The Smallest Room I Have Ever Stayed In

People often wonder how I am able to travel for so long on my limited means. One “secret” is finding ways to keep daily expenses to a minimum while still enjoying and taking advantage of the locations I’m visiting. One area I tend to take the biggest shortcuts on is accommodation. If I can get a decent night’s sleep in a place with adequate showering possibilities and feel safe to a point I don’t feel me or my belongings are in peril, the cheaper the better.

During my current extended stay in Xiamen on China’s temperate southeast coast, I decided to take a break from my in-town lodging to stay by the beach in a laid back, out-of-the-way former fishing village called Zeng Cuo An.


It was here in this maze of cute, kitschy collection of shops, restaurants and bars that I came upon the hotel and  room which inspired this post.IMG_1465

Hotel Manzo entrance

The pleasant front desk hostess led me up one flight of stairs after the other to a rooftop deck where she pointed me to what looked to be a mini yurt/storage shed off to the side of the patio.IMG_1492

In it, they somehow managed to cram a bed, a tiny table, side dresser, chair, TV and air conditioner into a space that barely fits the bed. With its sloped roof, even if you could walk to the end of the room, you still can’t stand up. I couldn’t open my suitcase without putting it mostly on the bed.


I was reminded of a depressing place I stayed for work in Stockholm, Sweden where I could easily touch both walls with my hands extended out to the side, but that room was marginally larger overall because of the attached bathroom and you could walk around a bit. If memory serves me correctly, that room was still over $100 a night!

This place in China, while only 60RMB ($10), is about seven times higher priced than the cheapest place I’ve ever paid to stay, but this room is considerably nicer despite its size, and close to the best price you are going to find for a private room in urban eastern China these days. A decent common shower and Western toilet are around the corner on the same floor.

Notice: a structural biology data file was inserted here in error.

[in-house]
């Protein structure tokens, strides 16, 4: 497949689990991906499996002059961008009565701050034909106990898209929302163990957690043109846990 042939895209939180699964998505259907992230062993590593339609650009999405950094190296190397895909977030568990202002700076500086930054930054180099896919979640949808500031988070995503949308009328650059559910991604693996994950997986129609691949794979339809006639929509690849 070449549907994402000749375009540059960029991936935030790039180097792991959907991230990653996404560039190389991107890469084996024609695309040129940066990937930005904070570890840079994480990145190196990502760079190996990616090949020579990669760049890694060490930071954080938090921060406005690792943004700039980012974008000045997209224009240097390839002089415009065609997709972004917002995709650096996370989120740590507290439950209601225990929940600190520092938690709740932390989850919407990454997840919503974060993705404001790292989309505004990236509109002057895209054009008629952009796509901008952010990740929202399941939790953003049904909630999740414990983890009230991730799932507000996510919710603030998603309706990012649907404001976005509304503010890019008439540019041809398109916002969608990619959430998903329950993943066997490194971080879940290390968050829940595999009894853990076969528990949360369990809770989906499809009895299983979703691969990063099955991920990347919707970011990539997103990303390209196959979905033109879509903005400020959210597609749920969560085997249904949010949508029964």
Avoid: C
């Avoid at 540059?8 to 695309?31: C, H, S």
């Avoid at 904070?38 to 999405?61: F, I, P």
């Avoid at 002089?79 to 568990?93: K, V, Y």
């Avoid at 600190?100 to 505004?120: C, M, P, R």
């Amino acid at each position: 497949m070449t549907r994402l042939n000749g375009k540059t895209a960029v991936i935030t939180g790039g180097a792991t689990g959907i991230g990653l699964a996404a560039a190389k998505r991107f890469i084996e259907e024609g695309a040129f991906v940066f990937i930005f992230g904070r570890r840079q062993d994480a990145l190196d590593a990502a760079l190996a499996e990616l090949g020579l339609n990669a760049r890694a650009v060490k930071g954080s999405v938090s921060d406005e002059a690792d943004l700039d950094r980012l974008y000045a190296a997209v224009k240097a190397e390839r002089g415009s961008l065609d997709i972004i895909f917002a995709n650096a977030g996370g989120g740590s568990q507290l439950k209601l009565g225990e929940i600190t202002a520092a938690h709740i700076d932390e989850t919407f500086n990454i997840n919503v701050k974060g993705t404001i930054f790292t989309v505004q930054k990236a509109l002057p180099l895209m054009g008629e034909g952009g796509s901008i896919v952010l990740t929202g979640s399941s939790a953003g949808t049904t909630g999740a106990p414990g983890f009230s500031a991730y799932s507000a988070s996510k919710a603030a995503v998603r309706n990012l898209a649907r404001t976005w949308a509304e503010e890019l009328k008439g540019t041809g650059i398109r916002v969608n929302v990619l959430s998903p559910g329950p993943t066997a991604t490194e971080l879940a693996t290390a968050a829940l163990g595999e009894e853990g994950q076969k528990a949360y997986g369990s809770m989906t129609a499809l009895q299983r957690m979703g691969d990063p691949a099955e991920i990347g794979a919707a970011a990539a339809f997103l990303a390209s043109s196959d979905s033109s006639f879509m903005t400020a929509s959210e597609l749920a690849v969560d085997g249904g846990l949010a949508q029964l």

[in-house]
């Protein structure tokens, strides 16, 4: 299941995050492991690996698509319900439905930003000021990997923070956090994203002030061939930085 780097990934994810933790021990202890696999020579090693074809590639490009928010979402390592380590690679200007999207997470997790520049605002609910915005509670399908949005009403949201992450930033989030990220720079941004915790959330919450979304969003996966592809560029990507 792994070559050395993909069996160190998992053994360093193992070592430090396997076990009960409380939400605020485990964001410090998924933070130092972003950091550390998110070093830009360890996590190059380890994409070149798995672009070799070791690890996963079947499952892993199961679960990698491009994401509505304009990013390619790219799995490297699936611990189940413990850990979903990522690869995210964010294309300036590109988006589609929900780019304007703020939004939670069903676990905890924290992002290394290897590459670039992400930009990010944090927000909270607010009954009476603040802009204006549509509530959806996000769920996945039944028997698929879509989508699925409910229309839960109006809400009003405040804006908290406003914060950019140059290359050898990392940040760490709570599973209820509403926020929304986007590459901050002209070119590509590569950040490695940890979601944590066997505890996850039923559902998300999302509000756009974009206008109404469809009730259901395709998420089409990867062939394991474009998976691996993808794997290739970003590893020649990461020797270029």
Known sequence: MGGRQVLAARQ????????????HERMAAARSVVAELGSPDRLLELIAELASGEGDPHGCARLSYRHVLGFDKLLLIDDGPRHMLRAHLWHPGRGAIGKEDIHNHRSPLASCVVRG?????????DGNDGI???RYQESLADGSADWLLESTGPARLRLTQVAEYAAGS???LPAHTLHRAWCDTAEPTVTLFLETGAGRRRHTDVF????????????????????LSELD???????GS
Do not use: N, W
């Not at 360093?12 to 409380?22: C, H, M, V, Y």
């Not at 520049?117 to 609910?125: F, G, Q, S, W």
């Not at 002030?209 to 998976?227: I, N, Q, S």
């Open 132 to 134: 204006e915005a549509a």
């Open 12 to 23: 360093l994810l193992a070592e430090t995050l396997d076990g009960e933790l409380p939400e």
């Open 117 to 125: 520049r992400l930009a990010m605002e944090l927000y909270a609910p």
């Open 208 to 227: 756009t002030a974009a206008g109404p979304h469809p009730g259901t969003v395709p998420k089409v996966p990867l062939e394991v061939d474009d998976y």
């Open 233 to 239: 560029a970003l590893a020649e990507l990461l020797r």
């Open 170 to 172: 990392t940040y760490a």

IMG_1493 The deck on which the room is situated offers sweeping views of the village and surrounding mountains, plus there are a number of additional pleasantly furnished public areas to hang out in, including some swinging benches and a couple tables down by the entrance, which have mini goldfish ponds under them.

IMG_1494There’s free WiFi throughout, free tea, purified drinking water and access to a group fridge. You can cook here for a $5 kitchen use fee including rice and oil, but why would you cook when there are so many cool little restaurants to check out nearby?

My first night I had a prolonged battle with an endless parade of inbound mosquitoes, but the next night I figured out how to keep them at bay by plugging some suspect holes, lighting a mosquito coil for 30 minutes before entering the room for the night, and keeping the A/C going. Slept WAY better!

Most of the rooms in the rest of the hotel are several times higher in price, so if you ever want to try and cram into room #403, you might want to call in advance.  Good luck finding the hotel, though. It is buried in the back of a winding, mostly pedestrian zone. I’d have no idea how to explain how to get there, having only found it by wandering around. Here’s a map (I guess it was #469):


If you aren’t claustrophobic and don’t mind a bit of adventure, in my opinion it’s worth it.


Any stories to share about small rooms you have stayed in?

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